Broadband on the Coromandel

On this page find how out how our Council is working with the Government's Ultra-Fast Broadband initiative (UFB), Rural Broadband Initiative (RBI) and Mobile Black Spots Fund to stimulate major economic development opportunities for the Coromandel.

Broadband banner

Our bid for better broadband

Fourteen Coromandel Peninsula communities have been selected for the installation of Ultra-Fast Broadband fibre cable, with the build starting in Thames in 2017 and then working progressively around the district in a clock-wise direction until scheduled completion in 2022.

This will give households and businesses in these 14 communities the potential to connect to much faster broadband than is currently available.

Telecommunications company Chorus has confirmed timings for its programme to roll out UFB across the country. Here's the schedule for our communities as of May 2020:

  • Thames - COMPLETE
  • Hahei - COMPLETE
  • Te Puru -  COMPLETE
  • Coromandel Town - COMPLETE
  • Kuaotunu - COMPLETE
  • Matatoki - COMPLETE
  • Tapu - COMPLETE
  • Whangapoua - COMPLETE
  • Waiomu - completion scheduled for second half 2020
  • Matarangi - completion scheduled for second half 2020
  • Whitianga - completion scheduled for second half 2020
  • Ferry Landing/Cooks Beach - completion scheduled for first half 2021
  • Whangamata - completion scheduled for second half 2021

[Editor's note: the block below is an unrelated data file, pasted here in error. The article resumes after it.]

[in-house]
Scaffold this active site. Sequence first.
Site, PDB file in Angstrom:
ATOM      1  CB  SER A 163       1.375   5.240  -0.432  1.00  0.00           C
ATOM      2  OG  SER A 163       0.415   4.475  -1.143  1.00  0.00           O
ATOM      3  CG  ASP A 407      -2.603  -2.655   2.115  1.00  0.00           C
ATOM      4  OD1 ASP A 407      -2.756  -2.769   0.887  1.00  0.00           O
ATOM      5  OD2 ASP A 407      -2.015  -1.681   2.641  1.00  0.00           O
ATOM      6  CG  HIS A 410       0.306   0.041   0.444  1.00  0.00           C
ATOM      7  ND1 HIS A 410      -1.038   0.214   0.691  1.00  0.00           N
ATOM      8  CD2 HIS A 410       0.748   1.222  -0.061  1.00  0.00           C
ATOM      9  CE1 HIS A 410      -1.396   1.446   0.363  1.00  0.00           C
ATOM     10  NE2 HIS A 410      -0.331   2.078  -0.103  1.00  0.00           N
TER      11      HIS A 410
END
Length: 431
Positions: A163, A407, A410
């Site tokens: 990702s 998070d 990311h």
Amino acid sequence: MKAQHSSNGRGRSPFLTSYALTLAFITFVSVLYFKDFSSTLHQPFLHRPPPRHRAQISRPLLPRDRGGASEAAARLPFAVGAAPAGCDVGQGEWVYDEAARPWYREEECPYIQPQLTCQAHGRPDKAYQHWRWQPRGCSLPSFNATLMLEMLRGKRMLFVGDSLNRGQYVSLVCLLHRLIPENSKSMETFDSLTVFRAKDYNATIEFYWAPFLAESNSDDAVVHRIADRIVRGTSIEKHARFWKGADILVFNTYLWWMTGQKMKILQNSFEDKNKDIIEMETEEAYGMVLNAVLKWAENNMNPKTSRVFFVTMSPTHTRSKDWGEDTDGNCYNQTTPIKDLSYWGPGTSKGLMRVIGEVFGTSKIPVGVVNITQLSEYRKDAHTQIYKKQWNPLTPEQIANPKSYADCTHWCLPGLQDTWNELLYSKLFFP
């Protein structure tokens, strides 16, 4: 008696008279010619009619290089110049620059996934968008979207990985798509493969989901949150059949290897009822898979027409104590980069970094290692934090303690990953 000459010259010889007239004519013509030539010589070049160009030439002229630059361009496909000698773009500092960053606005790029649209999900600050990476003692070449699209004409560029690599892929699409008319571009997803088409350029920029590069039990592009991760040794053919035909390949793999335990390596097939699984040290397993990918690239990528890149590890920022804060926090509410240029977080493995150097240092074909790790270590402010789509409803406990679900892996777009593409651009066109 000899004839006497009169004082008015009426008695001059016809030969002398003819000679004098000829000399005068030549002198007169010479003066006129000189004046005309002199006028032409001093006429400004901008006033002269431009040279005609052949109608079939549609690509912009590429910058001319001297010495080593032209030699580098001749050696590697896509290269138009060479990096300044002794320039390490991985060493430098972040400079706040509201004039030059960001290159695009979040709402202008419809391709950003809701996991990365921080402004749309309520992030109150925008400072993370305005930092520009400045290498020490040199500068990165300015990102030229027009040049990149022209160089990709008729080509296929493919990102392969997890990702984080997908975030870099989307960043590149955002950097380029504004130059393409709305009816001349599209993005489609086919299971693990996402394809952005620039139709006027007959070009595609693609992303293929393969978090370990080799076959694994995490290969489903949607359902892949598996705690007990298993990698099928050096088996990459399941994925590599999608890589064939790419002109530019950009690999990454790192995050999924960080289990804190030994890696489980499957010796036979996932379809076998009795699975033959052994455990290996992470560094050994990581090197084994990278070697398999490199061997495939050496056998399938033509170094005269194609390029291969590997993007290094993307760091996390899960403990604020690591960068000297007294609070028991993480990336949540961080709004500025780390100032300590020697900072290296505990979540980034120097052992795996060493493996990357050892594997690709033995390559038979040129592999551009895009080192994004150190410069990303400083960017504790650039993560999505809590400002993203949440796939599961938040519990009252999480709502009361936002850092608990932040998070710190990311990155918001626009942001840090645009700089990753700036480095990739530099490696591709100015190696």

• Tairua-Pauanui - completion scheduled for first half 2022

Our Mayor Sandra Goudie welcomes the update and says it's good news for households and businesses in these areas, giving them potential to connect to much faster broadband than is currently available.

"We would still like to have seen areas such as Hot Water Beach included on this list and we will continue to lobby for its inclusion because it's a huge visitor destination and needs to be given priority," Mayor Sandra says,

"Faster broadband is important to meet anticipated growth in data consumption and to help stimulate economic development across the region."

In communities such as Whitianga, which had a major town centre upgrade that was finished in 2019, Chorus worked with our contractors to ensure that ducting was laid while the upgrade was taking place to ensure that when it comes time to install UFB recently laid concrete and tarmac are not dug up again.